Indoor dining

'This is a mess': Government blind-sided by NPHET advice as criticisms pile up against Taoiseach

Opposition and businesses have said the proposals are unacceptable, discriminatory, “bananas” and possibly not legal.

LAST UPDATE | Jun 30th 2021, 12:26 AM

“THIS IS A mess.”

Those were the words from one minister after Tuesday’s Cabinet meeting.

“Blind-sided” is how another minister described the advice from the National Public Health Emergency Team (NPHET) which recommended that only vaccinated people should be allowed to dine indoors or enjoy any indoor activity for that matter.

“A bolt out of the blue” were the words used by another who said there was no indication that such advice was coming their way. 

The advice sent shock waves through the hospitality sector and the Dáil.

Opposition and businesses have said the proposals are unacceptable, discriminatory, “bananas” and possibly not legal.

Government sources have said the “anger is palpable” and is being felt at a force they were not expecting.

TDs said their phones are hopping with constituents venting their frustrations, and questioning how government could even countenance such a proposal of creating somewhat of a two-tiered society.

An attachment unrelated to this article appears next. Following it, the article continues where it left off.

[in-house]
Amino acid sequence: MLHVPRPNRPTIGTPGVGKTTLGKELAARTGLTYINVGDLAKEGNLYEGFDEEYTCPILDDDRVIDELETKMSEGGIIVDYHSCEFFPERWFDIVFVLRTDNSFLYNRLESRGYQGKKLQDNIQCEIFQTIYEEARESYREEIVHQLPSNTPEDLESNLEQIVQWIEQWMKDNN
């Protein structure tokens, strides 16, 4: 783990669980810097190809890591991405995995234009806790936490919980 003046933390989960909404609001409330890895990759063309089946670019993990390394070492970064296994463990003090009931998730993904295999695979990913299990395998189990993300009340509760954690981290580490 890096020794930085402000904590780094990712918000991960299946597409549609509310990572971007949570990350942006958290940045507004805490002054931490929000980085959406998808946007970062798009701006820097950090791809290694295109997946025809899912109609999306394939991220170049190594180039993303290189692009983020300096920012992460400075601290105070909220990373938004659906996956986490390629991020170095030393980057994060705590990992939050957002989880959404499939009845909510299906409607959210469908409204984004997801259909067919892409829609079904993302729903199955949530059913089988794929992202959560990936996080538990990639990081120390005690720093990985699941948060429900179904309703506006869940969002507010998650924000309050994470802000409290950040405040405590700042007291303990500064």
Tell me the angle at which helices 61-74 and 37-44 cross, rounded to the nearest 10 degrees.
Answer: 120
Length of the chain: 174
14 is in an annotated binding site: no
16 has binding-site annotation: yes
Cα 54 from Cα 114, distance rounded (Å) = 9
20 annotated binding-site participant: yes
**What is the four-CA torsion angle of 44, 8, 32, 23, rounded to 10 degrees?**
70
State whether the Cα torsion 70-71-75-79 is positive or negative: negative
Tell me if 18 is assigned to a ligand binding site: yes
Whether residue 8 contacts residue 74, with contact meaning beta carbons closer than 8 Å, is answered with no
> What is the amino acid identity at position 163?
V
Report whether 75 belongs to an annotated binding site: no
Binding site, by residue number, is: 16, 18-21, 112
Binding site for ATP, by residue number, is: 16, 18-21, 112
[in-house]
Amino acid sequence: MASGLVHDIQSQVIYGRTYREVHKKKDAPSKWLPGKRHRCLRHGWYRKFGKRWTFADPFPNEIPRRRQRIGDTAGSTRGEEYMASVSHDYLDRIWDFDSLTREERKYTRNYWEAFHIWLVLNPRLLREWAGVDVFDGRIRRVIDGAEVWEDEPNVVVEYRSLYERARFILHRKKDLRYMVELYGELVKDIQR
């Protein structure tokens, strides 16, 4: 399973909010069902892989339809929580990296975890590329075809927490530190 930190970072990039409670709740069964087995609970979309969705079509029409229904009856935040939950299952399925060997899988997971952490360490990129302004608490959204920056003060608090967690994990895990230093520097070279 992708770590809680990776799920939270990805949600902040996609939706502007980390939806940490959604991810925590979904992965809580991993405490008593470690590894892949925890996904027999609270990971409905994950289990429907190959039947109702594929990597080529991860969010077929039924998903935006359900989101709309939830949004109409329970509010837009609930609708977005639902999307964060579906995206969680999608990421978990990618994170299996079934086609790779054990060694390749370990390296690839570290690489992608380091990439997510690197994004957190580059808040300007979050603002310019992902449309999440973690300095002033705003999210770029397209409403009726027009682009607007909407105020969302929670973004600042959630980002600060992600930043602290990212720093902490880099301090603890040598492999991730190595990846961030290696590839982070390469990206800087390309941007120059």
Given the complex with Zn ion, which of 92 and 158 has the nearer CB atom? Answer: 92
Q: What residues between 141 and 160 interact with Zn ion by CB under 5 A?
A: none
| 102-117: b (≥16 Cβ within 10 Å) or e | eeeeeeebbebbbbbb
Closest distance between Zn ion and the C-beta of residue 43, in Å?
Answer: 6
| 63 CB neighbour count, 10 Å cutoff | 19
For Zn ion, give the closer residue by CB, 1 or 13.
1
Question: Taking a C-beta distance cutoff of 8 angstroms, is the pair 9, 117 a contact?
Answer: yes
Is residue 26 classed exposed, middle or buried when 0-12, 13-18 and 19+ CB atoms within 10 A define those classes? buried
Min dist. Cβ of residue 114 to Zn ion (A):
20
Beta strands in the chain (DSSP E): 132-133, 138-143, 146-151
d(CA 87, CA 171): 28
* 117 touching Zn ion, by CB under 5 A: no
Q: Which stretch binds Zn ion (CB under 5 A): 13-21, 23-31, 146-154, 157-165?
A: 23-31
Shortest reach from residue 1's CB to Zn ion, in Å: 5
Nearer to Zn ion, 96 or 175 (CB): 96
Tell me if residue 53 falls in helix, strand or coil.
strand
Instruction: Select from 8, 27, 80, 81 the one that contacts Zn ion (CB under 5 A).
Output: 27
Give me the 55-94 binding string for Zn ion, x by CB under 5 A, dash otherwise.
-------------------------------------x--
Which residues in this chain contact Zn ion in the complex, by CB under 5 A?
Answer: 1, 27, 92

Independent Galway TD Catherine Connolly, who is often described as one of the most level-headed politicians in the Dáil, said the Government’s plans will have serious implications and will create a “division among our people”.

“Proceeding down this divisive road is unacceptable,” she said.

Both within government, and even within the Taoiseach’s own party, the criticisms were piling up. 

With the Taoiseach coming out early on last week indicating that government would accept whatever NPHET’s advice might be, Micheál Martin “rolled out the red carpet” for the Chief Medical Officer Tony Holohon, said one source.

The door was left open for him to put forward whatever proposals he wanted, they said. 

One Fianna Fáil backbencher said it shows no one in government understands business and how it works, stating that Martin has failed to show any “backbone” or leadership. 

This politician said big questions would be asked of the Taoiseach at his parliamentary party meeting on Wednesday night The party will be savaged for this, they said. 

They added that it again raises the questions – who is in charge, who sets government policy? NPHET or those sitting around the Cabinet table?

When asked about the relationship between NPHET and the government, Tánaiste Leo Varadkar said all was fine.

Why didn’t the public health experts give the government a heads up that they were thinking of going down this road is a question that will have to posed to NPHET, said the Tánaiste.

“Up until now, it was both policy of government and the advice of NPHET not to go down this road of vaccine passes for access to domestic services and we were reliant on that,” he said. 

“Delta has changed the situation and therefore the advice has changed and therefore government decided to change our policy on foot of that,” he added.